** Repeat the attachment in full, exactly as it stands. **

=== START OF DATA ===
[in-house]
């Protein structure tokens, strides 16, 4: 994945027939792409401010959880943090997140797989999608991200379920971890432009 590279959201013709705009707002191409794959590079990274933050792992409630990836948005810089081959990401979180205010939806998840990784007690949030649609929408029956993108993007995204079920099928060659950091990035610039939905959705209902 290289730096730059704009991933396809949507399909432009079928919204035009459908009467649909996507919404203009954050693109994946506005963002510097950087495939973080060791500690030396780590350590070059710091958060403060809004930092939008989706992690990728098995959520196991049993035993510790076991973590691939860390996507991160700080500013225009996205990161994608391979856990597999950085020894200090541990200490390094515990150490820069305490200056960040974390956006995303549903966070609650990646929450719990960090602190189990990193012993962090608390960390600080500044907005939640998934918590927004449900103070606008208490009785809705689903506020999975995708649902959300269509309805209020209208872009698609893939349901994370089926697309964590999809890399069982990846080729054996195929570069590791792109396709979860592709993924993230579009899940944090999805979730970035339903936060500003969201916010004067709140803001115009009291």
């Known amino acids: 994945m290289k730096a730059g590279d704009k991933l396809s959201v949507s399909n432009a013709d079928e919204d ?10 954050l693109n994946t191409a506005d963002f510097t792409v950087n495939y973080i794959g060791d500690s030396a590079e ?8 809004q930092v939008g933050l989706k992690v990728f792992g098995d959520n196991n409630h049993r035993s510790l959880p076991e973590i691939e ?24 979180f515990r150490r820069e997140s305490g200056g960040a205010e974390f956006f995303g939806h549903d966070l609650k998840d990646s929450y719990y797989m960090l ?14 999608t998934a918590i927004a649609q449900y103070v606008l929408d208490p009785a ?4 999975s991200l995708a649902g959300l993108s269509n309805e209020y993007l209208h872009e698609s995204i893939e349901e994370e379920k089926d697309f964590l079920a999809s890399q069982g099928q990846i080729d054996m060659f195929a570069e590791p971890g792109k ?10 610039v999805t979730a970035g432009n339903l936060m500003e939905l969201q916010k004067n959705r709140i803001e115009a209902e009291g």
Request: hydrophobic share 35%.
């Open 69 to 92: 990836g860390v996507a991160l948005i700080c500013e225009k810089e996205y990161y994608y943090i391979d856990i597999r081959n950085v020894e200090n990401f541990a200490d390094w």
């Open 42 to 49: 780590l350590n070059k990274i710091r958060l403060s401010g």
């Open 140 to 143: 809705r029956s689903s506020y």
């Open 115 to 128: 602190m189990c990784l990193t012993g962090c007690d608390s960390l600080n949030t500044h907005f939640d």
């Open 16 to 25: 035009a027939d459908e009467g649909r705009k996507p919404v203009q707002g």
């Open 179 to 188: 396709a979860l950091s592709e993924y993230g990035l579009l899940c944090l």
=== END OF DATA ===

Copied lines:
[in-house]
């Protein structure tokens, strides 16, 4: 994945027939792409401010959880943090997140797989999608991200379920971890432009 590279959201013709705009707002191409794959590079990274933050792992409630990836948005810089081959990401979180205010939806998840990784007690949030649609929408029956993108993007995204079920099928060659950091990035610039939905959705209902 290289730096730059704009991933396809949507399909432009079928919204035009459908009467649909996507919404203009954050693109994946506005963002510097950087495939973080060791500690030396780590350590070059710091958060403060809004930092939008989706992690990728098995959520196991049993035993510790076991973590691939860390996507991160700080500013225009996205990161994608391979856990597999950085020894200090541990200490390094515990150490820069305490200056960040974390956006995303549903966070609650990646929450719990960090602190189990990193012993962090608390960390600080500044907005939640998934918590927004449900103070606008208490009785809705689903506020999975995708649902959300269509309805209020209208872009698609893939349901994370089926697309964590999809890399069982990846080729054996195929570069590791792109396709979860592709993924993230579009899940944090999805979730970035339903936060500003969201916010004067709140803001115009009291």
């Known amino acids: 994945m290289k730096a730059g590279d704009k991933l396809s959201v949507s399909n432009a013709d079928e919204d ?10 954050l693109n994946t191409a506005d963002f510097t792409v950087n495939y973080i794959g060791d500690s030396a590079e ?8 809004q930092v939008g933050l989706k992690v990728f792992g098995d959520n196991n409630h049993r035993s510790l959880p076991e973590i691939e ?24 979180f515990r150490r820069e997140s305490g200056g960040a205010e974390f956006f995303g939806h549903d966070l609650k998840d990646s929450y719990y797989m960090l ?14 999608t998934a918590i927004a649609q449900y103070v606008l929408d208490p009785a ?4 999975s991200l995708a649902g959300l993108s269509n309805e209020y993007l209208h872009e698609s995204i893939e349901e994370e379920k089926d697309f964590l079920a999809s890399q069982g099928q990846i080729d054996m060659f195929a570069e590791p971890g792109k ?10 610039v999805t979730a970035g432009n339903l936060m500003e939905l969201q916010k004067n959705r709140i803001e115009a209902e009291g």
Request: hydrophobic share 35%.
């Open 69 to 92: 990836g860390v996507a991160l948005i700080c500013e225009k810089e996205y990161y994608y943090i391979d856990i597999r081959n950085v020894e200090n990401f541990a200490d390094w």
């Open 42 to 49: 780590l350590n070059k990274i710091r958060l403060s401010g």
């Open 140 to 143: 809705r029956s689903s506020y």
């Open 115 to 128: 602190m189990c990784l990193t012993g962090c007690d608390s960390l600080n949030t500044h907005f939640d």
């Open 16 to 25: 035009a027939d459908e009467g649909r705009k996507p919404v203009q707002g």
């Open 179 to 188: 396709a979860l950091s592709e993924y993230g990035l579009l899940c944090l």